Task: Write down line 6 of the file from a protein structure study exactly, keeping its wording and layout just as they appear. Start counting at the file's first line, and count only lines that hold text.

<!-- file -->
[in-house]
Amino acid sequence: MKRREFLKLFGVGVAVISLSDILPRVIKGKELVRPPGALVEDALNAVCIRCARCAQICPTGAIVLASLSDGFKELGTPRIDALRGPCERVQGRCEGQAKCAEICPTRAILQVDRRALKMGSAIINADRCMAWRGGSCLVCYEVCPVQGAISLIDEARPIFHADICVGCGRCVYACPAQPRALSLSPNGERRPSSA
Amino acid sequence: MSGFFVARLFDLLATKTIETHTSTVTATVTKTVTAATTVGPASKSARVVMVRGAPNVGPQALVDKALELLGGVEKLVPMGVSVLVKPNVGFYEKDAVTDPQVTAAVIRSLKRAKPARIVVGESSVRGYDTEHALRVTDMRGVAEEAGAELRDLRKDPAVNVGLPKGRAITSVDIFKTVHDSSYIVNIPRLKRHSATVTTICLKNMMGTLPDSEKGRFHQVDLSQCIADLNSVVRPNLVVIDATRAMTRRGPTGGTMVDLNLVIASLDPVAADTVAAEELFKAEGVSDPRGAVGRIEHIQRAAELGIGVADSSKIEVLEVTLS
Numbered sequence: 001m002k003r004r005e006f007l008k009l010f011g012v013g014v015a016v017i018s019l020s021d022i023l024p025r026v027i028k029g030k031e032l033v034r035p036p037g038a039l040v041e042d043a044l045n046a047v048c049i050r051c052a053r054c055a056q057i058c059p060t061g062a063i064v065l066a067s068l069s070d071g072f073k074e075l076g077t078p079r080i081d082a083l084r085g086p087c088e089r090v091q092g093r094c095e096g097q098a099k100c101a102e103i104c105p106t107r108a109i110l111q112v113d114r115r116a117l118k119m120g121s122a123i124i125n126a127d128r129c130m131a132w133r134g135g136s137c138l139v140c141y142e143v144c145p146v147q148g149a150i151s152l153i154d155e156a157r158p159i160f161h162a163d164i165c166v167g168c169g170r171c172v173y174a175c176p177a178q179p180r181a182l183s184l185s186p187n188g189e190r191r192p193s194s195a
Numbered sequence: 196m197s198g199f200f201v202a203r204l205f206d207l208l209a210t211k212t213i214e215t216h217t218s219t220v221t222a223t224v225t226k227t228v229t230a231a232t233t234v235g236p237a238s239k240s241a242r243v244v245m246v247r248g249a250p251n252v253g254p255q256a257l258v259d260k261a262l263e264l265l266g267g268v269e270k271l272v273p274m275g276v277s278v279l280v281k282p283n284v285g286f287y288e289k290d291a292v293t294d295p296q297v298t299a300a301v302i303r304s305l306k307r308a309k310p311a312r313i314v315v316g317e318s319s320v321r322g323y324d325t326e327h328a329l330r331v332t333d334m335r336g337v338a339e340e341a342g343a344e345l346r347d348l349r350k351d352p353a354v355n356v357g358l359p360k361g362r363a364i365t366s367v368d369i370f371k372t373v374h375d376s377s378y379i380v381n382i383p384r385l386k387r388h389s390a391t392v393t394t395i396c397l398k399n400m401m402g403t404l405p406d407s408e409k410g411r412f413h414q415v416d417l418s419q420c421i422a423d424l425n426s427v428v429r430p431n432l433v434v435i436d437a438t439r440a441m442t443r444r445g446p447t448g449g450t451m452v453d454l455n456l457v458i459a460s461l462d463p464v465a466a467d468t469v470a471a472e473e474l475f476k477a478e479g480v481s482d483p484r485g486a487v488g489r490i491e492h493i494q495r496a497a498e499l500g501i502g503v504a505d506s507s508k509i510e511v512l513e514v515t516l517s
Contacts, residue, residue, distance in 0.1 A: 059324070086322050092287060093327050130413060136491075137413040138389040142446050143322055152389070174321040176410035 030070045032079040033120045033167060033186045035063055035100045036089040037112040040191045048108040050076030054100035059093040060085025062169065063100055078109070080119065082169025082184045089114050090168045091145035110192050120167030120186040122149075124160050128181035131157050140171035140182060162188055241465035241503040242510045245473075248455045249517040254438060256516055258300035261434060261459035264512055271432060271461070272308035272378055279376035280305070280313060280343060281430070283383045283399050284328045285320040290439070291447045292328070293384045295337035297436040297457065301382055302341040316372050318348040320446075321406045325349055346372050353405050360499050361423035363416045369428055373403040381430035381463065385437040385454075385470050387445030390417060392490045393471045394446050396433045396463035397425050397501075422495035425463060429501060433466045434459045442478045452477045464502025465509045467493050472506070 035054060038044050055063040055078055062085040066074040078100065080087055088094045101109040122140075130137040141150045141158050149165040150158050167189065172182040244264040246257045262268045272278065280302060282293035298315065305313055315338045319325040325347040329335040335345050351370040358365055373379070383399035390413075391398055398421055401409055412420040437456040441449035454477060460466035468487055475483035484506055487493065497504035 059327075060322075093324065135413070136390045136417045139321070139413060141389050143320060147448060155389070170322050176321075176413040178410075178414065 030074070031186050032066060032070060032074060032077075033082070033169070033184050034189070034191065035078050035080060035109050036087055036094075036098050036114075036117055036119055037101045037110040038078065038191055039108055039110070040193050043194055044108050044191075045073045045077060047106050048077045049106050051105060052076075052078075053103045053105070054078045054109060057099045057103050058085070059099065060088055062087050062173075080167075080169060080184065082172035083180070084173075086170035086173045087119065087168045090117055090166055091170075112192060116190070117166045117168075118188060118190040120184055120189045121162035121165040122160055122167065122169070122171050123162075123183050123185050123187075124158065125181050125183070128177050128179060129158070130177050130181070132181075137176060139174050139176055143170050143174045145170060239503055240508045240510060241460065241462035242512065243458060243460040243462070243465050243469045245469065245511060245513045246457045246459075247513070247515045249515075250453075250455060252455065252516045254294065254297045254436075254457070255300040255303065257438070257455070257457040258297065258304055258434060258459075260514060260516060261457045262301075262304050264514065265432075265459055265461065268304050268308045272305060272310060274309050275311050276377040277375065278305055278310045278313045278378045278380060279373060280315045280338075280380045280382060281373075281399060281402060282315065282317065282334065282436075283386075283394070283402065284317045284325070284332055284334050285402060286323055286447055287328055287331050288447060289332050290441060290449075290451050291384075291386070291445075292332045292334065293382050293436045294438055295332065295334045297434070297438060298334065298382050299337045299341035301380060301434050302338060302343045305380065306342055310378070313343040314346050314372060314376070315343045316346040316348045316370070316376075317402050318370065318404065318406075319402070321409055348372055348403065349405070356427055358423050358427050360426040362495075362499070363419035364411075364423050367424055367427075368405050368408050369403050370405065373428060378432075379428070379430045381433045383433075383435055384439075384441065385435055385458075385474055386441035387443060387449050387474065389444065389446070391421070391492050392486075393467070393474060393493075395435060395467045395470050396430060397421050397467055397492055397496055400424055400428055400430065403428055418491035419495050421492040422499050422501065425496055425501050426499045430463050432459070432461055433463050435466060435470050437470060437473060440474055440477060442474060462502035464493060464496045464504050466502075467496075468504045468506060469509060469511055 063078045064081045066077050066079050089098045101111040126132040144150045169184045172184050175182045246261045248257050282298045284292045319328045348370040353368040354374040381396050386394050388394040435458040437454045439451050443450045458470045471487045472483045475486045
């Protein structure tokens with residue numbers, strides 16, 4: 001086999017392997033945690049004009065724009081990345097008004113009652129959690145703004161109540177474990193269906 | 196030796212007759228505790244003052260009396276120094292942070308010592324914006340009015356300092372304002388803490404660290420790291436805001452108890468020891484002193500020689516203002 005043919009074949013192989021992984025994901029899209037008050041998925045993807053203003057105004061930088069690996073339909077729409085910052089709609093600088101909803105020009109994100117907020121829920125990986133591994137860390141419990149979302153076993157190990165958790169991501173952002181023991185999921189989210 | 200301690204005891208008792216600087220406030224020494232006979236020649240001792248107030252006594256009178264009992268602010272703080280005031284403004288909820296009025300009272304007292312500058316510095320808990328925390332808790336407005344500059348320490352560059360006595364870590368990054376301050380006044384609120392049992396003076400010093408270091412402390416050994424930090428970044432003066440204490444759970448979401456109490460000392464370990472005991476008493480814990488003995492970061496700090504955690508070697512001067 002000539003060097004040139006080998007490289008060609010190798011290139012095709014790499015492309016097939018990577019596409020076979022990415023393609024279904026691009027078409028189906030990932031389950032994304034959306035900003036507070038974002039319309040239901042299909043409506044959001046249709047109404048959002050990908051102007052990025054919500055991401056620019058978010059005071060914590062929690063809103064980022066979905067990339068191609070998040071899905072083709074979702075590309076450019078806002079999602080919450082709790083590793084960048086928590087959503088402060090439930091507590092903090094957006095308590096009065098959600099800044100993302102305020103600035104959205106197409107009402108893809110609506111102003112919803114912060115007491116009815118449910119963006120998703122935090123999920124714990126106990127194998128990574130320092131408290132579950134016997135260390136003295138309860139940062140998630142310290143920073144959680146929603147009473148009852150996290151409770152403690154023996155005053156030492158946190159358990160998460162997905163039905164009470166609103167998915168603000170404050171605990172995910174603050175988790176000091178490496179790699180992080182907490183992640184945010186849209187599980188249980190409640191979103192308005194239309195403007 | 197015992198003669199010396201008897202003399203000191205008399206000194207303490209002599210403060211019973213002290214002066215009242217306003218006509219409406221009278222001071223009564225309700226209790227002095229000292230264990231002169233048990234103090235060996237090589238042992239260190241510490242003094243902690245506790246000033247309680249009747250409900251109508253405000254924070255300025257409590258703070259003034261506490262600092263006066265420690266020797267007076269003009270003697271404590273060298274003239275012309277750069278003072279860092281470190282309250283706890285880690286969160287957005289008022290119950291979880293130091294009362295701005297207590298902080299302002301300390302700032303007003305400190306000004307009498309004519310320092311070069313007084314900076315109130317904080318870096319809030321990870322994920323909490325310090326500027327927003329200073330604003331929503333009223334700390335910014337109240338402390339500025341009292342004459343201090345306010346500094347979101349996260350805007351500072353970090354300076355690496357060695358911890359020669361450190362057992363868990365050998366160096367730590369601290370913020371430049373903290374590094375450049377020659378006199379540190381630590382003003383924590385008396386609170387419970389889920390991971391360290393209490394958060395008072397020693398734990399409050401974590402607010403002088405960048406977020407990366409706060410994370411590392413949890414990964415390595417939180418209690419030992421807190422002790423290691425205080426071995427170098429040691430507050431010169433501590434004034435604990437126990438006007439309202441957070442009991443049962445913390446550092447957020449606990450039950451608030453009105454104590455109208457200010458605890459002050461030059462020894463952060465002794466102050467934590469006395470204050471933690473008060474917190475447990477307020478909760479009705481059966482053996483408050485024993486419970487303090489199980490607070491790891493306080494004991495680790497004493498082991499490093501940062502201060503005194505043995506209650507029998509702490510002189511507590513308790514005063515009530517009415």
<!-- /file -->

Contacts, residue, residue, distance in 0.1 A: 059324070086322050092287060093327050130413060136491075137413040138389040142446050143322055152389070174321040176410035 030070045032079040033120045033167060033186045035063055035100045036089040037112040040191045048108040050076030054100035059093040060085025062169065063100055078109070080119065082169025082184045089114050090168045091145035110192050120167030120186040122149075124160050128181035131157050140171035140182060162188055241465035241503040242510045245473075248455045249517040254438060256516055258300035261434060261459035264512055271432060271461070272308035272378055279376035280305070280313060280343060281430070283383045283399050284328045285320040290439070291447045292328070293384045295337035297436040297457065301382055302341040316372050318348040320446075321406045325349055346372050353405050360499050361423035363416045369428055373403040381430035381463065385437040385454075385470050387445030390417060392490045393471045394446050396433045396463035397425050397501075422495035425463060429501060433466045434459045442478045452477045464502025465509045467493050472506070 035054060038044050055063040055078055062085040066074040078100065080087055088094045101109040122140075130137040141150045141158050149165040150158050167189065172182040244264040246257045262268045272278065280302060282293035298315065305313055315338045319325040325347040329335040335345050351370040358365055373379070383399035390413075391398055398421055401409055412420040437456040441449035454477060460466035468487055475483035484506055487493065497504035 059327075060322075093324065135413070136390045136417045139321070139413060141389050143320060147448060155389070170322050176321075176413040178410075178414065 030074070031186050032066060032070060032074060032077075033082070033169070033184050034189070034191065035078050035080060035109050036087055036094075036098050036114075036117055036119055037101045037110040038078065038191055039108055039110070040193050043194055044108050044191075045073045045077060047106050048077045049106050051105060052076075052078075053103045053105070054078045054109060057099045057103050058085070059099065060088055062087050062173075080167075080169060080184065082172035083180070084173075086170035086173045087119065087168045090117055090166055091170075112192060116190070117166045117168075118188060118190040120184055120189045121162035121165040122160055122167065122169070122171050123162075123183050123185050123187075124158065125181050125183070128177050128179060129158070130177050130181070132181075137176060139174050139176055143170050143174045145170060239503055240508045240510060241460065241462035242512065243458060243460040243462070243465050243469045245469065245511060245513045246457045246459075247513070247515045249515075250453075250455060252455065252516045254294065254297045254436075254457070255300040255303065257438070257455070257457040258297065258304055258434060258459075260514060260516060261457045262301075262304050264514065265432075265459055265461065268304050268308045272305060272310060274309050275311050276377040277375065278305055278310045278313045278378045278380060279373060280315045280338075280380045280382060281373075281399060281402060282315065282317065282334065282436075283386075283394070283402065284317045284325070284332055284334050285402060286323055286447055287328055287331050288447060289332050290441060290449075290451050291384075291386070291445075292332045292334065293382050293436045294438055295332065295334045297434070297438060298334065298382050299337045299341035301380060301434050302338060302343045305380065306342055310378070313343040314346050314372060314376070315343045316346040316348045316370070316376075317402050318370065318404065318406075319402070321409055348372055348403065349405070356427055358423050358427050360426040362495075362499070363419035364411075364423050367424055367427075368405050368408050369403050370405065373428060378432075379428070379430045381433045383433075383435055384439075384441065385435055385458075385474055386441035387443060387449050387474065389444065389446070391421070391492050392486075393467070393474060393493075395435060395467045395470050396430060397421050397467055397492055397496055400424055400428055400430065403428055418491035419495050421492040422499050422501065425496055425501050426499045430463050432459070432461055433463050435466060435470050437470060437473060440474055440477060442474060462502035464493060464496045464504050466502075467496075468504045468506060469509060469511055 063078045064081045066077050066079050089098045101111040126132040144150045169184045172184050175182045246261045248257050282298045284292045319328045348370040353368040354374040381396050386394050388394040435458040437454045439451050443450045458470045471487045472483045475486045